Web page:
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Positive attitude guides paralyzed alum after accident

Anna Boarini | Friday, October 29, 2010


After 2008 graduate Aaron Martinuzzi broke his neck diving into a pool in August, he was paralyzed from his shoulders down. He’s spent the past few months in rehabilitation trying to regain strength, but he looks at his life-changing spinal cord injury in a positive light.
“It’s been an exercise in patience,” he said. 
After his Aug. 20 accident, Martinuzzi spent three weeks in a Biddeford, Maine hospital, where he got his respiratory functions back and did some simple occupational therapy (OT). 
Since then, he’s moved to the University Hospital at the University of Michigan, where he is doing OT four to six times a day. 
“Right now, due to the nature of my injury, I’m working toward really simple things,” Martinuzzi said. “I’m strong enough to use machines with really, really light weight. It’s not like I’m doing 30 pound bicep curls.”
Martinuzzi is mostly working on regaining the strength in his back and shoulders. One of his current goals is working to able to operate his wheel chair with a joystick. Currently he uses a “suck-n-blow” wheelchair, which moves the chair through either sucking or blowing air into a tube. 
Even though the recovery process is slow and tedious, Martinuzzi said he is confident in his abilities. He specifically wants to gain strength in his hands and shoulders because that will help him become more capable in all areas, he said. 
His ultimate goal is to be able to return to medical school at the University of New England, where he was working toward his doctorate of osteopathic medicine.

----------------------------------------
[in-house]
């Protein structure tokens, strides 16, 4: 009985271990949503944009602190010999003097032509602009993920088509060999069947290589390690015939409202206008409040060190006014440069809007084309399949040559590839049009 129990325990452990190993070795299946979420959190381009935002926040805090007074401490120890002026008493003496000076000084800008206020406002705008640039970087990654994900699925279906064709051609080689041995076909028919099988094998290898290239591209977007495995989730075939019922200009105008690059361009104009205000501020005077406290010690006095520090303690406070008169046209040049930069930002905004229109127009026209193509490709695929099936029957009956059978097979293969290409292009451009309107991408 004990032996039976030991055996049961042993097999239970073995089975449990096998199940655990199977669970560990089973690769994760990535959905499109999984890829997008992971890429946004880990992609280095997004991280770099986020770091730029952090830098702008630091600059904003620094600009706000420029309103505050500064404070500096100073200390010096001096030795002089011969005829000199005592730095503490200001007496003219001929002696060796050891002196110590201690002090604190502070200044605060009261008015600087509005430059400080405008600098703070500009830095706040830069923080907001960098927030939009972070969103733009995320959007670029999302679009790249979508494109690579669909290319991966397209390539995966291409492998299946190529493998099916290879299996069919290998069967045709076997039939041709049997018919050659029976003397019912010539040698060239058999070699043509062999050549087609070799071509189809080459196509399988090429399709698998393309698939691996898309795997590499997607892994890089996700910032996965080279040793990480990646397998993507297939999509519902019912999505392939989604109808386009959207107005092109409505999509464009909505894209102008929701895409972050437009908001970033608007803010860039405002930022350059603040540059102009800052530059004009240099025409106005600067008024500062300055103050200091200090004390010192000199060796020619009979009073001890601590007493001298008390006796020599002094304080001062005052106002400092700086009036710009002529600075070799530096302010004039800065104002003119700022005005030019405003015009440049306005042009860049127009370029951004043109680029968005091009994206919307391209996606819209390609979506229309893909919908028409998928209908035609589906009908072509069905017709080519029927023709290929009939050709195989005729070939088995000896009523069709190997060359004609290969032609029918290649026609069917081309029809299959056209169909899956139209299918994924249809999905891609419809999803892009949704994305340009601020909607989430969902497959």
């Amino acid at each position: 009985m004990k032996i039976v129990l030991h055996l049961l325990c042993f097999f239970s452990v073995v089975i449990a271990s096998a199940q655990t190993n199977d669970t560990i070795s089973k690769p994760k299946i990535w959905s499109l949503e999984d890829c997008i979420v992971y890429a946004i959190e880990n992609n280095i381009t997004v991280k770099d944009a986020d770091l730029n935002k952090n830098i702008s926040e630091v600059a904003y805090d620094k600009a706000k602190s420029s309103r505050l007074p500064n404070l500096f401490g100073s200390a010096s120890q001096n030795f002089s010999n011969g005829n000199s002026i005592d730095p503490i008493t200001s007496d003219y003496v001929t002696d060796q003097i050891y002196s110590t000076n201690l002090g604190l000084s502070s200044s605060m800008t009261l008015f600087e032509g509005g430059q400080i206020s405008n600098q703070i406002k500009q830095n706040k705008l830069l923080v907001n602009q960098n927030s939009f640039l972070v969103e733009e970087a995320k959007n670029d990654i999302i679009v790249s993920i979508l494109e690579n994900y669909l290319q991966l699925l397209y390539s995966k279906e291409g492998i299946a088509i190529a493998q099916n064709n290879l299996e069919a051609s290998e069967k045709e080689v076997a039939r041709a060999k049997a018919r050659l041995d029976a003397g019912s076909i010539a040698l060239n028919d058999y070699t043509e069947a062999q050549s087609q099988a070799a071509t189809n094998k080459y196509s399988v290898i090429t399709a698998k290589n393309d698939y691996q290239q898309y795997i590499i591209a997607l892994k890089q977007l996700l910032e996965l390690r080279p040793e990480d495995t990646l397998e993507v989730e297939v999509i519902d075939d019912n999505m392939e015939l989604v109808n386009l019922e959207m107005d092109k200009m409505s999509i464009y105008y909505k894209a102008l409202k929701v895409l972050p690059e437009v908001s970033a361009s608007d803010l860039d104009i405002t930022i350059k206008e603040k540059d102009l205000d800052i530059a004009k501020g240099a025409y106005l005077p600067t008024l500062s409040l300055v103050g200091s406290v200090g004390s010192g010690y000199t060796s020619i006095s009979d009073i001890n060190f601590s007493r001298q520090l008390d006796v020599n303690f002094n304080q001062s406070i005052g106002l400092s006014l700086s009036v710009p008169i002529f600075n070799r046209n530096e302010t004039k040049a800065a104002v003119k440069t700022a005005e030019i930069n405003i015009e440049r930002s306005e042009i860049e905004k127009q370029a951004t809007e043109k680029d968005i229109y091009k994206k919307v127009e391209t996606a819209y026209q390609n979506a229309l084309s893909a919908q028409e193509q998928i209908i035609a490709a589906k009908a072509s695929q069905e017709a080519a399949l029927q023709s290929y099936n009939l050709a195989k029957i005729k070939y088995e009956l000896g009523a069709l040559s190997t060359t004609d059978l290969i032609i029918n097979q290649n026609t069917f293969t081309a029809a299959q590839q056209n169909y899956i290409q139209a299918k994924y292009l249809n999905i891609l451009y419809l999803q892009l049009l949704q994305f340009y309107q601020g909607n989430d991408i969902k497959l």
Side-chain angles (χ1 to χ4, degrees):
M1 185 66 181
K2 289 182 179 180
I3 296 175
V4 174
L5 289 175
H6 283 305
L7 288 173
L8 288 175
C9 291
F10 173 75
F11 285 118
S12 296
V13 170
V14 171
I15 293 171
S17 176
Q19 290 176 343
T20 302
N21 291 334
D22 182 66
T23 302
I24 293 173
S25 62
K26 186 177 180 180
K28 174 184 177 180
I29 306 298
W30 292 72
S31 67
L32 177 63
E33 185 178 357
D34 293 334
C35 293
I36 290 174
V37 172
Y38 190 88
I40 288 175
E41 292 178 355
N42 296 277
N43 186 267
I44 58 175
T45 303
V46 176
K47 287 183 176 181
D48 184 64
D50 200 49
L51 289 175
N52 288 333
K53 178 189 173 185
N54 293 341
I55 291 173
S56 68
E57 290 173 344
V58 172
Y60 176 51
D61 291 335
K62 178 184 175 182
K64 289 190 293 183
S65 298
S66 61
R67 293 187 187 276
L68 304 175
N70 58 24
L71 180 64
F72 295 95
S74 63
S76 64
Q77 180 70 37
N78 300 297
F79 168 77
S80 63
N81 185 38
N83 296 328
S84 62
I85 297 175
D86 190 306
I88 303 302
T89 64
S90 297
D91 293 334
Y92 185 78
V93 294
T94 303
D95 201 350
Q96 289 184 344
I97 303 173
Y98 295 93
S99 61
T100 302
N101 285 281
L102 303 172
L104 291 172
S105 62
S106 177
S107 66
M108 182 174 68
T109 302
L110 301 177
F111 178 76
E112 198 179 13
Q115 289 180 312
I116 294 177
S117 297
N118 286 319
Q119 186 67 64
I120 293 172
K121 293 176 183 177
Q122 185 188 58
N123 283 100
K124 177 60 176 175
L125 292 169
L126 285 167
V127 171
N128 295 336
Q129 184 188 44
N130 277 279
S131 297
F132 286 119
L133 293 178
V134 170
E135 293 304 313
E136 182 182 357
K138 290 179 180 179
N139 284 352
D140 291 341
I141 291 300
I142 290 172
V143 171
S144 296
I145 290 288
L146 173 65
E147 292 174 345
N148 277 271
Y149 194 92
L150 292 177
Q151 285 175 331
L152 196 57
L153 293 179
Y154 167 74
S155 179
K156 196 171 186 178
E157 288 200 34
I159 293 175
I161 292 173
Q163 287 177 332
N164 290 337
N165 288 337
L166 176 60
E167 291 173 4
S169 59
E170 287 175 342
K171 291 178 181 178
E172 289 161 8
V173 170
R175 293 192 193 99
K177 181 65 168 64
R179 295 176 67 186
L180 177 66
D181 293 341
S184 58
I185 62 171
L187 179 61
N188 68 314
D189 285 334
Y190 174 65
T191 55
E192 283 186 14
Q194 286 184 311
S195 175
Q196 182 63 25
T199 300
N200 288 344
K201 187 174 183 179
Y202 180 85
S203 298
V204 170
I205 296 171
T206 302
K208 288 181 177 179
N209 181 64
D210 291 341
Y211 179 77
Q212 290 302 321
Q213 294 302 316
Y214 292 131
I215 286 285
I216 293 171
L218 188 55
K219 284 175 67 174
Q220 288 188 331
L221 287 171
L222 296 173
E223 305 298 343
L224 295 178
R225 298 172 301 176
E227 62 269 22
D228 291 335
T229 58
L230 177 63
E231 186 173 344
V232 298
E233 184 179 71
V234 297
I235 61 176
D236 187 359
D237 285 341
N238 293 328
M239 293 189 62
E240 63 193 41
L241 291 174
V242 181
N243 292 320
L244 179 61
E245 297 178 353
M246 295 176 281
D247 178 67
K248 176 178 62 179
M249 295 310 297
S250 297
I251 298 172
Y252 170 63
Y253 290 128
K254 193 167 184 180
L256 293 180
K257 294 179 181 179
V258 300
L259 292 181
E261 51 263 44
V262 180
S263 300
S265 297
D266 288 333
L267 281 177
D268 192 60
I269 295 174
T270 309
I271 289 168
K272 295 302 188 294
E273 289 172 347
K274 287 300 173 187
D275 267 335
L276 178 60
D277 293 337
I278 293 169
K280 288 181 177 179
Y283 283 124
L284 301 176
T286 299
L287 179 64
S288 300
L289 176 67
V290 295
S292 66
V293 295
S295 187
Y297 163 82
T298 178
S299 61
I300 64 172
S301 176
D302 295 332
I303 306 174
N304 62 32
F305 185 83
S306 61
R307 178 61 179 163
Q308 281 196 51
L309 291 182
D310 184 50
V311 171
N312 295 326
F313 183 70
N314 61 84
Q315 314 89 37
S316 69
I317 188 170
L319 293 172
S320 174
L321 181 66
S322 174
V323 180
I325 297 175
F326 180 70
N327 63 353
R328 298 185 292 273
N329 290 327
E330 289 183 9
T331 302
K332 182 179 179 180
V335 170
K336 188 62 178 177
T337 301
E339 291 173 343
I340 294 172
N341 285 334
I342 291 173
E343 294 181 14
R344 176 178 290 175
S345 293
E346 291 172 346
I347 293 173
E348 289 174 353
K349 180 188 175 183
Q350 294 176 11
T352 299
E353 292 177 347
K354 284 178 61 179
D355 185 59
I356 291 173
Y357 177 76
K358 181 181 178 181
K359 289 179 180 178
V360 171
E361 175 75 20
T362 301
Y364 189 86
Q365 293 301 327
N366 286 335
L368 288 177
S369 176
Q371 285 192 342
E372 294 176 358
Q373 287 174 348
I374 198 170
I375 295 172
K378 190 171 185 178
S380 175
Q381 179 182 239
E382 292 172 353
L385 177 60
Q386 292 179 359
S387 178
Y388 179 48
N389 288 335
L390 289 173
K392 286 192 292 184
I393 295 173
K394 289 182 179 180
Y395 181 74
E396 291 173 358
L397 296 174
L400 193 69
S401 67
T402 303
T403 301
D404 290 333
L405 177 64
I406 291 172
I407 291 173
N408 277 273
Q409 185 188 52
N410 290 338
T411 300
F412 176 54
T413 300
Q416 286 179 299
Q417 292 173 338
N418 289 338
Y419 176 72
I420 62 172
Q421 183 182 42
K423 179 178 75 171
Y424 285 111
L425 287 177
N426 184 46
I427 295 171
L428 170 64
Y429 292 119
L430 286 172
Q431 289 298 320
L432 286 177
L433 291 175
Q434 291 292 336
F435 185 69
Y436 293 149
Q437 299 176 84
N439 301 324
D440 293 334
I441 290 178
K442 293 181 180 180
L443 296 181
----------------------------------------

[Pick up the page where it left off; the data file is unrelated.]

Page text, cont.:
“Right now, I can see some significant gains, but I can’t predict what exactly will happen,” Martinuzzi said. “I just take it a day and a week at a time.”
He said his previous experience as an athlete has helped him keep a positive outlook on this while process.
“I swam in high school and was an avid climber”, he said. “I was always working on improving my performance. Rehab is sort of the exact same process.”
Support from family, friends and even people he has never met, has made the recovery process easier and helped him, he said.
His family created a Facebook page called “Friends of Aaron Martinuzzi” and they also made a page on caringbridge.org, where family and friends can give updates about the status of a loved one going through a challenging health issue, according to the website.  
“I’ve always been someone that looks forward and doesn’t look back,” Martinuzzi said. “It’s nice to know that everyone else shares that attitude and can look forward to new goals.”
Some of his aunts have planned fundraisers to help cover some of the medical expenses. At their first event, a walk/run in October, a special donation was made in Martinuzzi’s honor.
“One of my aunts … knew that I loved to rock climb and ate a lot of Cliff Bars,” he said. “She contacted [the company] and showed them my mountain project page, which is like Facebook for climbers. They liked what they saw and donated 66 pounds of Cliff Bars to the event.”
Martinuzzi said he is grateful for the support he has and the progress he’s making.
“Everyone has been incredibly positive,” he said. “Every day I realize just how lucky I am.”